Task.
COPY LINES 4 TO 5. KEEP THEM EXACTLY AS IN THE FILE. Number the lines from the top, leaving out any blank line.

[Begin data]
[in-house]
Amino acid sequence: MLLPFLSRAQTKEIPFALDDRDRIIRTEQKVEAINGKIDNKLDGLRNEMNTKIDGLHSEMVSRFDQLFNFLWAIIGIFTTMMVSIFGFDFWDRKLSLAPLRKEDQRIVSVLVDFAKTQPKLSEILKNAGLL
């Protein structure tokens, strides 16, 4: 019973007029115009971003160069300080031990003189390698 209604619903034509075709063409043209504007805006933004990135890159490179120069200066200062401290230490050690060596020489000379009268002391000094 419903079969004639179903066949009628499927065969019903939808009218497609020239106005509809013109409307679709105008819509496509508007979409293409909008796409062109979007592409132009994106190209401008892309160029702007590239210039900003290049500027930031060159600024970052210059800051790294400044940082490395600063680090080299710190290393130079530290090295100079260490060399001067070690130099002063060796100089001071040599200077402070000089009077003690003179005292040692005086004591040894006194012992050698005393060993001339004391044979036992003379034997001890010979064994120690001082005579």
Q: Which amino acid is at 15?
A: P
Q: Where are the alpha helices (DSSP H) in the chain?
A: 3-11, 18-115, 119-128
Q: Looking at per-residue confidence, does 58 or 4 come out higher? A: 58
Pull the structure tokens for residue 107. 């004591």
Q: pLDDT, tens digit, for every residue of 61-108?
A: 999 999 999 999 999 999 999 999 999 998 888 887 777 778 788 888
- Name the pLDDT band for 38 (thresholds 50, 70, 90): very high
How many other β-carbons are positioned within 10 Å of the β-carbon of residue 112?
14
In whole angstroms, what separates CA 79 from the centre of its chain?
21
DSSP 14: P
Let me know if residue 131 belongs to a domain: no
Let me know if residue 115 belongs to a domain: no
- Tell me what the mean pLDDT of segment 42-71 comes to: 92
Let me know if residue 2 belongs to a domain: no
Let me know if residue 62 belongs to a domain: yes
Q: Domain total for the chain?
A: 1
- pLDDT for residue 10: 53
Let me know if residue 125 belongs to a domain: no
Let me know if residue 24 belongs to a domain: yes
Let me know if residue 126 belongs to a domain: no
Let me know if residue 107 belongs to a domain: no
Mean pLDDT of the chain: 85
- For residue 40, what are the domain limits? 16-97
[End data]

Q: Which amino acid is at 15?
A: P